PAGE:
We re-engineer wealth management workflows. It's not always the right fit for everyone.
We don’t just improve a firm’s existing workflow. We re-engineer it. The results are amazing (if we do say so ourselves). But process re-engineering is not a small thing, and it’s usually not worth doing for firms just looking for incremental improvements. Which is why we will sometimes refer prospects to other vendors who, superficially, would seem to be our competitors.¹ We’ve previously written about how we can help firms. In this post, we wanted to mix things up a bit and write about firms where we are not the right answer.
When we started Smartleaf, our goal was more than to just make a better rebalancing tool. It was to automate customization and tax management —to make these tasks effortless, so that every portfolio could be managed as if they were all ultra-high net worth portfolios.
Achieving this level of scale can’t be done by simply automating each step of existing manual workflows. As we mentioned earlier, to accomplish what we’ve done we had to reimagine and re-engineer the entire portfolio management workflow.
The good news is that the payoff is impressive. Relative to existing workflows, you can simultaneously cut costs, generate more tax alpha, offer more customization AND reduce dispersion — on average, our clients reduce both dispersion and taxes by about 60%.
But reimagined and re-engineered workflows are not for everyone. We’ve found that there are three types of firms where we’re not the right fit:
Firms satisfied with the status quo
Change is costly, not necessarily in terms of dollar outlays, but in terms of management resources. There’s a maxim of “if it ain’t broke, don’t fix it.” We tell prospects that if their existing rebalancing system and workflow is working for them, even if somewhat clumsily, they’re probably better off implementing incremental improvements. For these firms, Smartleaf is likely to be overkill.
Firms that build their client experience around trading
For many advisors and investors, talking about which securities to buy or sell is what wealth management means. Client meetings focus on evaluating past decisions and making new ones. And the portfolio’s performance is the ultimate measure of the advisor’s success.
Smartleaf isn’t a good fit for these types of firms. We give advisors unprecedented power to deliver customized, tax-optimized solutions to all clients, but this type of scale precludes advisors spending a lot of time worrying about individual trades.
Firms that need "sleeves"
Smartleaf’s system doesn’t use sleeves (AKA subaccounts or partitions). We don't think it's possible to use sleeves AND deliver high levels of tax management and customization at scale. We chose the latter. (We’ve made the case against sleeves elsewhere.)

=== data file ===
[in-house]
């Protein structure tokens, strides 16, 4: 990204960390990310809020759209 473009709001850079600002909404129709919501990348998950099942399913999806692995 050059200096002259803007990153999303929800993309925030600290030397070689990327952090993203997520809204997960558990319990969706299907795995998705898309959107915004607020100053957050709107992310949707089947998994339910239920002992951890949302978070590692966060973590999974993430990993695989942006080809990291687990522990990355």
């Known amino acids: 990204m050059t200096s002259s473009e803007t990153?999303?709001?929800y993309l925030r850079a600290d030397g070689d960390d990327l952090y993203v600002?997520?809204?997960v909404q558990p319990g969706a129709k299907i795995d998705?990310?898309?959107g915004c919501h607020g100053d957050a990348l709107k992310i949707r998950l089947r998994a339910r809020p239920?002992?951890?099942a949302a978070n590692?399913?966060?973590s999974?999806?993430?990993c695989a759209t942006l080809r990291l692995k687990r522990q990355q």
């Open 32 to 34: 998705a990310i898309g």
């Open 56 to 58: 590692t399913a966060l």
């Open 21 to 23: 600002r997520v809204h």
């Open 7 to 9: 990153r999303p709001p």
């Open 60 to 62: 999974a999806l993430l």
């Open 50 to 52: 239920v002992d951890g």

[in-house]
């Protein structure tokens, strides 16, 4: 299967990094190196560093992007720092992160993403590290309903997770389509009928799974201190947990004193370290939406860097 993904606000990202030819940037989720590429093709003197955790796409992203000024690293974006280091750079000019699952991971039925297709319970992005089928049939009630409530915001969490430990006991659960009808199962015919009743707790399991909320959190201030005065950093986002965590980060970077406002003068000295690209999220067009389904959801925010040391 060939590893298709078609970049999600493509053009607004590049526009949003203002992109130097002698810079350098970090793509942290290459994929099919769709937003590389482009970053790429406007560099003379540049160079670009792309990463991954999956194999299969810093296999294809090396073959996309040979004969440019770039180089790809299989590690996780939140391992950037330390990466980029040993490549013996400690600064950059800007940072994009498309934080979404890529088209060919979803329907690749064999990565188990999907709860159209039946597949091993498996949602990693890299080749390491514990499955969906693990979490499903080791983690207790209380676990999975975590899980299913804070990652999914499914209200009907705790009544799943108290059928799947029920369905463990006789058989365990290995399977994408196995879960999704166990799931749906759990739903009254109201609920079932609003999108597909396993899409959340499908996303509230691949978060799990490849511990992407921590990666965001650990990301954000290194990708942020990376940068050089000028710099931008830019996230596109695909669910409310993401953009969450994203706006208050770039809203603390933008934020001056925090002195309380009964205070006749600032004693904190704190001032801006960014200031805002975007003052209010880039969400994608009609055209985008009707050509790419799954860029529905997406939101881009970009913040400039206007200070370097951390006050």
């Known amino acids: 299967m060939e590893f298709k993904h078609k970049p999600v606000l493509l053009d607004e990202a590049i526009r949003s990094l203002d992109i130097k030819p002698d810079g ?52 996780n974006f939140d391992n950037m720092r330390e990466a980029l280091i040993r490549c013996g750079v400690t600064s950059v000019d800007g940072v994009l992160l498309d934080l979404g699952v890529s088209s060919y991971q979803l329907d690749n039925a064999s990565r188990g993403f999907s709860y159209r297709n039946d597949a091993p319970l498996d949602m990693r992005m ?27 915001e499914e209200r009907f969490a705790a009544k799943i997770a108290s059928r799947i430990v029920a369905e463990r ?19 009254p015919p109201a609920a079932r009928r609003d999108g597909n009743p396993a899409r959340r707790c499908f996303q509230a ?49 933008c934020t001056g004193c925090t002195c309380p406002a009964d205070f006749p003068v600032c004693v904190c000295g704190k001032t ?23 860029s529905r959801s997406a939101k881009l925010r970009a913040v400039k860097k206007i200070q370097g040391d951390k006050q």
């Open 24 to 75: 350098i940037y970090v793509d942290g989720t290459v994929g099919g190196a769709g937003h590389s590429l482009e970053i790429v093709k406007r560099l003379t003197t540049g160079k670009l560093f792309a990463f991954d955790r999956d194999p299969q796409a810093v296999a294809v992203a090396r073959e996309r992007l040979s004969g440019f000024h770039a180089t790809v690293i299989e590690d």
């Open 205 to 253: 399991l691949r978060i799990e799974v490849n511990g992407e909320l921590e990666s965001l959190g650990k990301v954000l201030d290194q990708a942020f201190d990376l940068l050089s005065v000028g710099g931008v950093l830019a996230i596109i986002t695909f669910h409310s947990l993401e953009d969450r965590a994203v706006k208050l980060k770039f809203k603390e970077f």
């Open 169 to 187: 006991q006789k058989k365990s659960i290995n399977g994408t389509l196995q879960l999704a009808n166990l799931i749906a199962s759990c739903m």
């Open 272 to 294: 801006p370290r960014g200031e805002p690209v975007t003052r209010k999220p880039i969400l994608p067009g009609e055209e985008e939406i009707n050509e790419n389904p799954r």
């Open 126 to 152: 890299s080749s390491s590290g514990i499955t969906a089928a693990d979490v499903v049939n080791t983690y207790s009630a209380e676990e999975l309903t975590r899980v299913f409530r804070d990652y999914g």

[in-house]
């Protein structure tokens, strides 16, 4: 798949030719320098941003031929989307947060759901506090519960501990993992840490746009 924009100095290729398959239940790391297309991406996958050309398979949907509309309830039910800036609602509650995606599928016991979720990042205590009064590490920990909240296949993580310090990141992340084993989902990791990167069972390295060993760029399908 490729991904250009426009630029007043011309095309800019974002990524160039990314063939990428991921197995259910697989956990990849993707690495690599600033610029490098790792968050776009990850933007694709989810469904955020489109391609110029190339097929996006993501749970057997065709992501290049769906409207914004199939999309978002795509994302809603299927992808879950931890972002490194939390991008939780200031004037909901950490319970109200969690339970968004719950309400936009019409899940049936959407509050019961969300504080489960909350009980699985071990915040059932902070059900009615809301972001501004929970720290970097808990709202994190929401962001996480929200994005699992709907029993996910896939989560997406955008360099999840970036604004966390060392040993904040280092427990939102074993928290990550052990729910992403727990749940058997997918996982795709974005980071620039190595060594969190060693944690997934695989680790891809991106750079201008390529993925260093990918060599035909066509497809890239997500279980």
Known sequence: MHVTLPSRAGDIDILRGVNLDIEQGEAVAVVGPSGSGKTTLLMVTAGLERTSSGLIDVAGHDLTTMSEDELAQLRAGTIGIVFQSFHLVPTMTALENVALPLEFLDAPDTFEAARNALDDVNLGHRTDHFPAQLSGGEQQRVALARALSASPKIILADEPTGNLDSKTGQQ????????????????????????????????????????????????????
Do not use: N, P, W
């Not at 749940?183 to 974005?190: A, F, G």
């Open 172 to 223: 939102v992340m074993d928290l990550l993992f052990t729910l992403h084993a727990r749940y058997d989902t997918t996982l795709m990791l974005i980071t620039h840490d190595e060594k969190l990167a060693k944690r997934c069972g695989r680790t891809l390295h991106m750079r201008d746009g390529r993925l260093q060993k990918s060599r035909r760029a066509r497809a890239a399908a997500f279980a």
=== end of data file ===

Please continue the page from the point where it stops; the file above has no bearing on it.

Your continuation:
But some firms need sleeves, either because 1) they want to use third-party subadvisors to trade different portions of a client’s accounts, or 2) they want to provide clients with separate performance reports for each manager or model in a portfolio.
In principle, Smartleaf could be used in conjunction with a sleeve-based system, providing customization and tax overlay for each sleeve. In practice, we don’t see this. The “sleeve/non-sleeve” divide seems to be fairly fundamental. Product-oriented firms choose sleeves. Firms that aren’t product-focused choose non-sleeved "holistic" approaches.
We don’t like turning prospects away, but we also know we can’t be all things to all people. We’re pretty confident the industry is moving in our direction — away from product-oriented value propositions towards value propositions centered on being the overall guardian of the client’s financial well being. Having advisors spend large portions of their day managing portfolios will become economically unviable (as one client put it “in the long run we won’t be compensated to do anything a robo can do just as well”). At the same time, high levels of customization, tax-optimization and direct indexing are going to become “table stakes.” These are trends that work in our favor. Which means that, going forward, we expect we’ll be turning fewer prospects away. And that, we think, is good for all concerned.
¹In the 1947 movie, “A Miracle on 34th Street,” there’s a scene where, to the shock of management, the Macy’s Santa sends a client across the street to archrival Gimbels. We really do send prospects to competitors, but not because we’re Santa.